Animals at large – or, when the cows don’t come home


By: D. Jeffrey Grate

Imagine you are the owner of a farm in rural Georgia and were awakened by the knock on your door by a deputy sheriff who advised you that one of your cows had caused a motor vehicle accident. The deputy explained that a car collided with a cow on a nearby road and the driver was injured. As strange as this may sound, this scenario is not unheard of and accidents involving farm animals do occur, not only in Georgia, but throughout the country. At first glance, one would think that the owner of the animal involved is liable under any circumstance. After all, unlike the free range of the West in the 1800s, nowadays livestock should be kept in a fenced pasture and has no business in the middle of the road. Because of the widespread dependence on agriculture and the raising of livestock and the increasing population growth, different approaches to resolving conflicting issues have evolved. Eventually, most state legislatures recognized a need for a clear, uniform and definitive approach to liability in such situations. Georgia is just one of those states.  

The applicable statute is found in Title 4, Chapter 3 of the official Code of Georgia, entitled Livestock Running at Large or Straying. This statute provides in part, that “No owner shall permit livestock to run at large on or stray upon the public roads of this state or any property not belonging to the owner of the livestock, except by permission of the owner of such property.” (O.C.G.A. 4-3-3) Livestock is defined as “…all animals of the equine, bovine or swine class, including goats, sheep, mules, horses, hogs, cattle and other grazing animals” (O.C.G.A. 4-3-1) and an owner as “any person, association, firm, or corporation, natural or artificial, owning, having custody of, or in charge of livestock.” (O.C.G.A. 4-3-2).These definitions are important because under certain circumstances, the actual owner of the property where the animal is kept may not be liable.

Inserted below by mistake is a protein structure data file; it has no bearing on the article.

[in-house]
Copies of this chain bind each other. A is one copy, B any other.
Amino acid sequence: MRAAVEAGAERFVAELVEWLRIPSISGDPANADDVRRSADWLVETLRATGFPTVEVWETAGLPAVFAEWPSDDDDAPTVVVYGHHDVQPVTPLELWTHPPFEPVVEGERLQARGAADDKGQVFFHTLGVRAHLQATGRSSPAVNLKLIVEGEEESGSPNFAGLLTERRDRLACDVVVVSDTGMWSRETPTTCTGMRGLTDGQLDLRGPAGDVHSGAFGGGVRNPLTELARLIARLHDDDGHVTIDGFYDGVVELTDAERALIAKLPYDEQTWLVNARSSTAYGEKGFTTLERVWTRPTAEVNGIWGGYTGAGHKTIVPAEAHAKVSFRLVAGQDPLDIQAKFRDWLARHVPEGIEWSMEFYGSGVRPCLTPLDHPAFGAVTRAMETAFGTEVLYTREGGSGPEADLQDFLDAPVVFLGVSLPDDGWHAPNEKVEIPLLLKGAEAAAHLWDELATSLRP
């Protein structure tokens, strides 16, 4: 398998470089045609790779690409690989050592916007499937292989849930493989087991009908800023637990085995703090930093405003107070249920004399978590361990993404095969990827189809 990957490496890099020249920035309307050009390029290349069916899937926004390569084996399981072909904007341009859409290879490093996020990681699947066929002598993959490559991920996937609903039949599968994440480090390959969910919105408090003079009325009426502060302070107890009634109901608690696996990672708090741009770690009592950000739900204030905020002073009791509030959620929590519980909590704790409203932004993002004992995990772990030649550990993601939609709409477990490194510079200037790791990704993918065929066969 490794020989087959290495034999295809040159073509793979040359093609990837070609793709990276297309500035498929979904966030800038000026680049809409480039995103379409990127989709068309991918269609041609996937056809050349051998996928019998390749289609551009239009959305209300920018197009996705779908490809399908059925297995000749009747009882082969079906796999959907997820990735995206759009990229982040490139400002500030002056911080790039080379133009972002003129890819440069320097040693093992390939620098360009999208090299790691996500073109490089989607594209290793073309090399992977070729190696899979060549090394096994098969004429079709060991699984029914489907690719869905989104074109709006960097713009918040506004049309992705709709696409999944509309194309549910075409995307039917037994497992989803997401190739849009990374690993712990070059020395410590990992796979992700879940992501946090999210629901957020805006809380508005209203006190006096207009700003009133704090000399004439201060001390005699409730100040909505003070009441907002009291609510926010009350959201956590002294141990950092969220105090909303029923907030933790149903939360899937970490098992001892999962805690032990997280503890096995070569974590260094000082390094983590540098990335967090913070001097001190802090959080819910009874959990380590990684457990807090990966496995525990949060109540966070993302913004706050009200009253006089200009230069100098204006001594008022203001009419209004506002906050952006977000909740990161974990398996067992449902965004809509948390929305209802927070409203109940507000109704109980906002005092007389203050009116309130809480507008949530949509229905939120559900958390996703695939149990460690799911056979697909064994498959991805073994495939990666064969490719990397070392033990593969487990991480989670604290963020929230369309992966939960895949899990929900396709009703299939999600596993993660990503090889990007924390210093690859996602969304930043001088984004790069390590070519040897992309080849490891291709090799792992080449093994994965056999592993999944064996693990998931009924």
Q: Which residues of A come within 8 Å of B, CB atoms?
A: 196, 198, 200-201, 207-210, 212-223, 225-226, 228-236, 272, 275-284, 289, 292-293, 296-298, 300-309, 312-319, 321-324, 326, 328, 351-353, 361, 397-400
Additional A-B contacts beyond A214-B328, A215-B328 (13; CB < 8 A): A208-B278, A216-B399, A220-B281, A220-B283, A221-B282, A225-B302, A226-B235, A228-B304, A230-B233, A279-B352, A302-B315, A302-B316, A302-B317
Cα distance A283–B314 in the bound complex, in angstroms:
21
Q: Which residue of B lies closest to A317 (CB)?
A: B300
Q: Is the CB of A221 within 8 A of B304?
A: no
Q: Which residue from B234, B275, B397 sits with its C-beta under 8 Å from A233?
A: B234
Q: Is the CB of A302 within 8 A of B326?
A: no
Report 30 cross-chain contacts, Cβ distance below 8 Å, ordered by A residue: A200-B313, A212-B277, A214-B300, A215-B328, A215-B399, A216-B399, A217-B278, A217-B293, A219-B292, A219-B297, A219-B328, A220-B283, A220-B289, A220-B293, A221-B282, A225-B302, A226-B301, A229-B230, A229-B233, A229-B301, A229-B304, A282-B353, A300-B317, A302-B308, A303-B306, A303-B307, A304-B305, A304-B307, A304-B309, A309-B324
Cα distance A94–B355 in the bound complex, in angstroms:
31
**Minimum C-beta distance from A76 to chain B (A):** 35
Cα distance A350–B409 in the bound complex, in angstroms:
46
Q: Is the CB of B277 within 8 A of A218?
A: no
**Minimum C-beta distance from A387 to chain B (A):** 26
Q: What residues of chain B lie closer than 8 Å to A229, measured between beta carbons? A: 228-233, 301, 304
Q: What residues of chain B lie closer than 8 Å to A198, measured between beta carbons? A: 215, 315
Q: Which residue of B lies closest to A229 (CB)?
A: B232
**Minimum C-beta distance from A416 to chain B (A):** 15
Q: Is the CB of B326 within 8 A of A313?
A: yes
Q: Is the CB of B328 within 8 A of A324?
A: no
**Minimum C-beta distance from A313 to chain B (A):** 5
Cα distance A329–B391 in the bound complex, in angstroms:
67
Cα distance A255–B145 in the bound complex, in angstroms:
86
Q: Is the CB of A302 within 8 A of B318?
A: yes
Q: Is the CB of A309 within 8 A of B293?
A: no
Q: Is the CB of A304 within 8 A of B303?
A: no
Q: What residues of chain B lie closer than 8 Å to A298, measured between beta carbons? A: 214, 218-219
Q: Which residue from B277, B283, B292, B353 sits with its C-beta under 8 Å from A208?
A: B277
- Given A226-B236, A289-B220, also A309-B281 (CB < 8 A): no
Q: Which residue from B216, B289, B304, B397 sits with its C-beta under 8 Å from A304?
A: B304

For example, in Supchak v. Pruit, 232 Ga. App. 680 (1998), a horse wandered from the grazing field into a road and was involved in an accident. Ruth Pruit, the property owner, filed her motion for summary judgment contending that although she owned the pasture where the horse was kept, she breached no duty owed plaintiffs as she did not own the horse, instead, her son’s family owned the horse The court commented that the evidence plainly showed that  Ruth Pruitt merely allowed her son to keep his horses in her pasture. She received no pay for allowing the horse to be in her pasture. In fact, the record showed that she did not even know the name of the horse.  The trial court granted the motion for summary judgment. On appeal, the judgment was affirmed. The appellate court held that Georgia law placed the duty on owners of livestock, not necessarily the property owner, to keep their animals from running at large.  

In defending these cases, even in the face of the presumption of negligence, liability is not a given. In West v. West, 299 Ga. App 643 (2009) the trial court granted defendants’ motion for summary judgement in a case where plaintiff’s truck collided with defendants’ cow which had strayed onto the road. In affirming summary judgment, the Appellate Court held that although the mere fact that livestock is running at large permits an inference that the owner was negligent, that inference disappears when the owner introduces evidence that he has exercised ordinary care in the maintenance of his stock. Here, defendants introduced evidence that the fencing surrounding the pasture was in good repair and the gates were closed at the time of plaintiff’s accident. In light of the fact that plaintiff had not presented any admissible evidence to challenge these claims, there was no evidence of negligence, but only impermissible speculation. Such speculation “is not sufficient to create even an inference of fact for consideration on summary judgment.”  

As shown by the foregoing cases, suit may be defended by motion based on plaintiff’s failure to identify the true owner of the animal or on the absence of an explanation of how the animal strayed from its confinement. 

For further information or for further inquiries you may contact D. Jeffrey Grate at